Friday, March 2, 2012
Andrew Breitbart...A Hero Passes
A Hero Passes
By Thomas Lifson
he bitterness of Andrew Breitbart's premature departure may be tempered if his courage inspires conservatives to press the case that President Obama's life story, as accepted by the media and McCain campaign in 2008, contains a series of discrepancies, frauds, and lies-by-omission. Americans have been had by a manufactured biography that does not bear close examination. Breitbart knew it, talked about it, and was the foremost public advocate of re-vetting the candidate who escaped serious scrutiny in 2008.
The overwhelming consensus of the GOP establishment is that Americans like Barack Obama. There is no profit in attacking him personally. Shut up about all the disturbing signs that he was groomed by a series of troubling mentors, centered his adult life on the Alinsky Left in Chicago, and had his career managed by ruthless pros who saw the electoral potential of an "clean, articulate black guy" with Ivy credentials, a slim build, and a terrific smile.
A substantial portion of the GOP base is with Breitbart faction of Obama skeptics. They are tarred with the label "birthers" even if their skepticism is limited to Bill Ayers' role in authoring Dreams from My Father or the troubling anomaly of Obama's Social Security number. The vehemence of the media left in slurring anyone who questions any aspect of Obama's legend is evidence of the underlying fear of exposure. After all, their current strategy is to distract the electorate from Obama's failures by manufacturing from whole cloth a phony notion that the GOP wants to deny women access to contraception and health care. Skeptical inquiry of any sort is anathema to this crowd. After all, skepticism is contagious in a time of disillusionment.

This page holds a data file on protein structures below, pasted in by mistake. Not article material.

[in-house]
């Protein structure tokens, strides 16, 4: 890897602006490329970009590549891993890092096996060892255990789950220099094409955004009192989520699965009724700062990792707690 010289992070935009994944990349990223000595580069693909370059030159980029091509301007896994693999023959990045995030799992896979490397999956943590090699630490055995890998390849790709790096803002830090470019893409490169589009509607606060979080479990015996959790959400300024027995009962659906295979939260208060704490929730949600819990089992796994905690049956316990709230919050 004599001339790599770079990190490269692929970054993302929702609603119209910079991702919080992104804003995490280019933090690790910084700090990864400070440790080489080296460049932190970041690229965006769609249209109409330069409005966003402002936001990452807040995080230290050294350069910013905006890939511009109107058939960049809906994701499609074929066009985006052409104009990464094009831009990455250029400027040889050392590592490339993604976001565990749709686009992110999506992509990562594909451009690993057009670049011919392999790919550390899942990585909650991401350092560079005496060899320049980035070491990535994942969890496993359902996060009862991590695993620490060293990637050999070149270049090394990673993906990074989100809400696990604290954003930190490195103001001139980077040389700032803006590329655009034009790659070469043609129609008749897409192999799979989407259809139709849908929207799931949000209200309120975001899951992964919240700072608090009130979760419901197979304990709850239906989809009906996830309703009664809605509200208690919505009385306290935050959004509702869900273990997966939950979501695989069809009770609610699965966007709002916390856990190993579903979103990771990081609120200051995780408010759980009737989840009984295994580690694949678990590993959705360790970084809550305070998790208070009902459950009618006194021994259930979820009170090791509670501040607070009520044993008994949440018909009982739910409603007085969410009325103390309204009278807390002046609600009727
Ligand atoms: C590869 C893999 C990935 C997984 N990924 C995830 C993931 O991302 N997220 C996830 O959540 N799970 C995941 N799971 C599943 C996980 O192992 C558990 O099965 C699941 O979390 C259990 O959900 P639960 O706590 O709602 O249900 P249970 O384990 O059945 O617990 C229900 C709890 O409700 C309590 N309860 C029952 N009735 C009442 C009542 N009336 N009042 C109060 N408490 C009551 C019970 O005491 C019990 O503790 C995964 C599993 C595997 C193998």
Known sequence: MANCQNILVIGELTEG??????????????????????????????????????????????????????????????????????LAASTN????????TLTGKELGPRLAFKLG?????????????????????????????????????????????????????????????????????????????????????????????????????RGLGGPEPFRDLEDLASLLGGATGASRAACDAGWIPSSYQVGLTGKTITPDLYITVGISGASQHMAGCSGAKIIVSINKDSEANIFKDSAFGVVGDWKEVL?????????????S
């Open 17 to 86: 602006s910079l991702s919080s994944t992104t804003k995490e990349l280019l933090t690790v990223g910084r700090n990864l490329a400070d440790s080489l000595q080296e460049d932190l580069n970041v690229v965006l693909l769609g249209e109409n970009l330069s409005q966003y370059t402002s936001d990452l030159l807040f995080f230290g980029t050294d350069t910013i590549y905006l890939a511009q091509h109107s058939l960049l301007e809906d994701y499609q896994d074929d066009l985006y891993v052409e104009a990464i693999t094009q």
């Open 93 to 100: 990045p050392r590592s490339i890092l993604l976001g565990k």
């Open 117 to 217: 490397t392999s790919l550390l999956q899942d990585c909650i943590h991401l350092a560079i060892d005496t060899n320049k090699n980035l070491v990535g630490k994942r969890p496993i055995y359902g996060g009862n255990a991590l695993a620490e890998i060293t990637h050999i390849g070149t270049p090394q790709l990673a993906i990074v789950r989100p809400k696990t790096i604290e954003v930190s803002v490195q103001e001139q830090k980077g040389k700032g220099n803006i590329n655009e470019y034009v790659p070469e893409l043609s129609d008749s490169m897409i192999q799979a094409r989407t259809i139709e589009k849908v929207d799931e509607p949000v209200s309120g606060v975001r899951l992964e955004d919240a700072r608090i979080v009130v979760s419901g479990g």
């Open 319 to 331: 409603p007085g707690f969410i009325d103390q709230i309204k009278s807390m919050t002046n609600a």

One less visible aspect of Andrew Breitbart's work was his important role as a networker on the right. I am one of many people Andrew reached out to over the years, emailing, having serious, long conversations on the phone, analyzing, strategizing, collaborating, advising, and networking. Andrew loved putting like-minded people together. He loved the Big Picture -- what he called the institutional left, and its takeover of American culture. He knew that unless we take back the culture, politically we are doomed. Read More